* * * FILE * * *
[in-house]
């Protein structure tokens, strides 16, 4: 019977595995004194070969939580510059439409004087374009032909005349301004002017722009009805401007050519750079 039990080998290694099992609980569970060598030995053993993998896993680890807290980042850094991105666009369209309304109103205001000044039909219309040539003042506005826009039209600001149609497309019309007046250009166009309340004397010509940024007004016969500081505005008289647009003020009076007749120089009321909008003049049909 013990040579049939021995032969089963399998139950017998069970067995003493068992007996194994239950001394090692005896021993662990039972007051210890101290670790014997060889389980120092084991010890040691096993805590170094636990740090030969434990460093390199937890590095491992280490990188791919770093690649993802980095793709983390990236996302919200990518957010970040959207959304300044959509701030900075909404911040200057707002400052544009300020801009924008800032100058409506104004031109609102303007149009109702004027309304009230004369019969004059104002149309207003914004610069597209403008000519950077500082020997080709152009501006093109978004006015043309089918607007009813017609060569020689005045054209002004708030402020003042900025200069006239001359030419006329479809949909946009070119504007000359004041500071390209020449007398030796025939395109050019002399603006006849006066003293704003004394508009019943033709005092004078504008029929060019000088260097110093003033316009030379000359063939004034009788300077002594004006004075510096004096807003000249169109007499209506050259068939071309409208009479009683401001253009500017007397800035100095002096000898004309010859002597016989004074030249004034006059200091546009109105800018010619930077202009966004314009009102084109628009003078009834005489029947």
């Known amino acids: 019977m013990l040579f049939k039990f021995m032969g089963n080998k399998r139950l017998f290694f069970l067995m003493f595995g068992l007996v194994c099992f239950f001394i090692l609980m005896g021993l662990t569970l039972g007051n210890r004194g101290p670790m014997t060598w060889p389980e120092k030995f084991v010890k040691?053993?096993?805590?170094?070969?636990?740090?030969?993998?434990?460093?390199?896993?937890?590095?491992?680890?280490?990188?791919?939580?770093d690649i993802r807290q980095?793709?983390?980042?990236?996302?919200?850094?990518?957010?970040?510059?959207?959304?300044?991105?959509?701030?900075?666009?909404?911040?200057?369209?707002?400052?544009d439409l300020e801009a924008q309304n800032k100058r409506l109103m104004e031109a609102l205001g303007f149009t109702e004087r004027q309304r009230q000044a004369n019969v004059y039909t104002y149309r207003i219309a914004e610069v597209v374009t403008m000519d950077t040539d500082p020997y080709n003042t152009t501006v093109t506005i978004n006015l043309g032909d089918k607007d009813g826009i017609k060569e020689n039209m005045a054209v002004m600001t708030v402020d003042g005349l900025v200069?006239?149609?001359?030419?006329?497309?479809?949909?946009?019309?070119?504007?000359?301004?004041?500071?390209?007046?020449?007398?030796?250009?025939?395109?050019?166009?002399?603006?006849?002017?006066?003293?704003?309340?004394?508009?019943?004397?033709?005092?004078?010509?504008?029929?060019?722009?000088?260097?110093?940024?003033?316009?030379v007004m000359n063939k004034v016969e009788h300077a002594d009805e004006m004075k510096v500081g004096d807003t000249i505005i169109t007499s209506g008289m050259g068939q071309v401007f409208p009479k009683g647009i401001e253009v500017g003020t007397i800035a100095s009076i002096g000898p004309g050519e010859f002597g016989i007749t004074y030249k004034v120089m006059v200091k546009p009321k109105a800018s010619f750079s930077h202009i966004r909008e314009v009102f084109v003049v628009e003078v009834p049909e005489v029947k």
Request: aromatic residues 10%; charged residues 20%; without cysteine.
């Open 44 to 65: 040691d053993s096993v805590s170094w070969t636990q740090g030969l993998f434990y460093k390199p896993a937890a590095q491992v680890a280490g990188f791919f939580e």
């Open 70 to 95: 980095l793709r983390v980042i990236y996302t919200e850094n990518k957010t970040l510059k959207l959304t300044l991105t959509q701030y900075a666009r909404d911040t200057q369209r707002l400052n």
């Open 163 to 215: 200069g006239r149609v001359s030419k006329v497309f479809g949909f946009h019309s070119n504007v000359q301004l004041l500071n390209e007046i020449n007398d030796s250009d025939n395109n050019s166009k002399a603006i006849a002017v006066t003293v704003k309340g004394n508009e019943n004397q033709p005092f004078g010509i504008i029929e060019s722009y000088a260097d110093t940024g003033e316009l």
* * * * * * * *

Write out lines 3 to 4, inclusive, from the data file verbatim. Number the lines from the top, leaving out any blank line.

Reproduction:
């Known amino acids: 019977m013990l040579f049939k039990f021995m032969g089963n080998k399998r139950l017998f290694f069970l067995m003493f595995g068992l007996v194994c099992f239950f001394i090692l609980m005896g021993l662990t569970l039972g007051n210890r004194g101290p670790m014997t060598w060889p389980e120092k030995f084991v010890k040691?053993?096993?805590?170094?070969?636990?740090?030969?993998?434990?460093?390199?896993?937890?590095?491992?680890?280490?990188?791919?939580?770093d690649i993802r807290q980095?793709?983390?980042?990236?996302?919200?850094?990518?957010?970040?510059?959207?959304?300044?991105?959509?701030?900075?666009?909404?911040?200057?369209?707002?400052?544009d439409l300020e801009a924008q309304n800032k100058r409506l109103m104004e031109a609102l205001g303007f149009t109702e004087r004027q309304r009230q000044a004369n019969v004059y039909t104002y149309r207003i219309a914004e610069v597209v374009t403008m000519d950077t040539d500082p020997y080709n003042t152009t501006v093109t506005i978004n006015l043309g032909d089918k607007d009813g826009i017609k060569e020689n039209m005045a054209v002004m600001t708030v402020d003042g005349l900025v200069?006239?149609?001359?030419?006329?497309?479809?949909?946009?019309?070119?504007?000359?301004?004041?500071?390209?007046?020449?007398?030796?250009?025939?395109?050019?166009?002399?603006?006849?002017?006066?003293?704003?309340?004394?508009?019943?004397?033709?005092?004078?010509?504008?029929?060019?722009?000088?260097?110093?940024?003033?316009?030379v007004m000359n063939k004034v016969e009788h300077a002594d009805e004006m004075k510096v500081g004096d807003t000249i505005i169109t007499s209506g008289m050259g068939q071309v401007f409208p009479k009683g647009i401001e253009v500017g003020t007397i800035a100095s009076i002096g000898p004309g050519e010859f002597g016989i007749t004074y030249k004034v120089m006059v200091k546009p009321k109105a800018s010619f750079s930077h202009i966004r909008e314009v009102f084109v003049v628009e003078v009834p049909e005489v029947k």
Request: aromatic residues 10%; charged residues 20%; without cysteine.